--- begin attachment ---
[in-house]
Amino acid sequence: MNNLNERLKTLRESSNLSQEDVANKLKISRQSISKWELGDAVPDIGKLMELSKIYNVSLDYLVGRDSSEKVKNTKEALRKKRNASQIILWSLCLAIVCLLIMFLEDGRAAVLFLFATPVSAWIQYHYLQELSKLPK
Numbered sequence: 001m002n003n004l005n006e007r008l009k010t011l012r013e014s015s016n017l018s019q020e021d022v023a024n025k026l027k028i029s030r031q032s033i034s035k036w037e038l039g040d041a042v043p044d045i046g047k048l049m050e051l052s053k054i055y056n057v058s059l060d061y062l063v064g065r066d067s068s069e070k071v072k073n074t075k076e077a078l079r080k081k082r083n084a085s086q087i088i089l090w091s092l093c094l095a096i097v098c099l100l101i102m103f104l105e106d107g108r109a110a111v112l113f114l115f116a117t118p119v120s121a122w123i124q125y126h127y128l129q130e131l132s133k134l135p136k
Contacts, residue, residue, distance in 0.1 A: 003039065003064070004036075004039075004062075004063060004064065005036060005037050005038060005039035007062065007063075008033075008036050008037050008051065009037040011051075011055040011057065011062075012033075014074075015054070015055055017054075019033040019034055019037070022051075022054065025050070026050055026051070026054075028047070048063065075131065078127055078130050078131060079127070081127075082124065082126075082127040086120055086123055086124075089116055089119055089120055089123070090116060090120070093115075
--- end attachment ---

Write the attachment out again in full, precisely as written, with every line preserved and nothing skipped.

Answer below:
[in-house]
Amino acid sequence: MNNLNERLKTLRESSNLSQEDVANKLKISRQSISKWELGDAVPDIGKLMELSKIYNVSLDYLVGRDSSEKVKNTKEALRKKRNASQIILWSLCLAIVCLLIMFLEDGRAAVLFLFATPVSAWIQYHYLQELSKLPK
Numbered sequence: 001m002n003n004l005n006e007r008l009k010t011l012r013e014s015s016n017l018s019q020e021d022v023a024n025k026l027k028i029s030r031q032s033i034s035k036w037e038l039g040d041a042v043p044d045i046g047k048l049m050e051l052s053k054i055y056n057v058s059l060d061y062l063v064g065r066d067s068s069e070k071v072k073n074t075k076e077a078l079r080k081k082r083n084a085s086q087i088i089l090w091s092l093c094l095a096i097v098c099l100l101i102m103f104l105e106d107g108r109a110a111v112l113f114l115f116a117t118p119v120s121a122w123i124q125y126h127y128l129q130e131l132s133k134l135p136k
Contacts, residue, residue, distance in 0.1 A: 003039065003064070004036075004039075004062075004063060004064065005036060005037050005038060005039035007062065007063075008033075008036050008037050008051065009037040011051075011055040011057065011062075012033075014074075015054070015055055017054075019033040019034055019037070022051075022054065025050070026050055026051070026054075028047070048063065075131065078127055078130050078131060079127070081127075082124065082126075082127040086120055086123055086124075089116055089119055089120055089123070090116060090120070093115075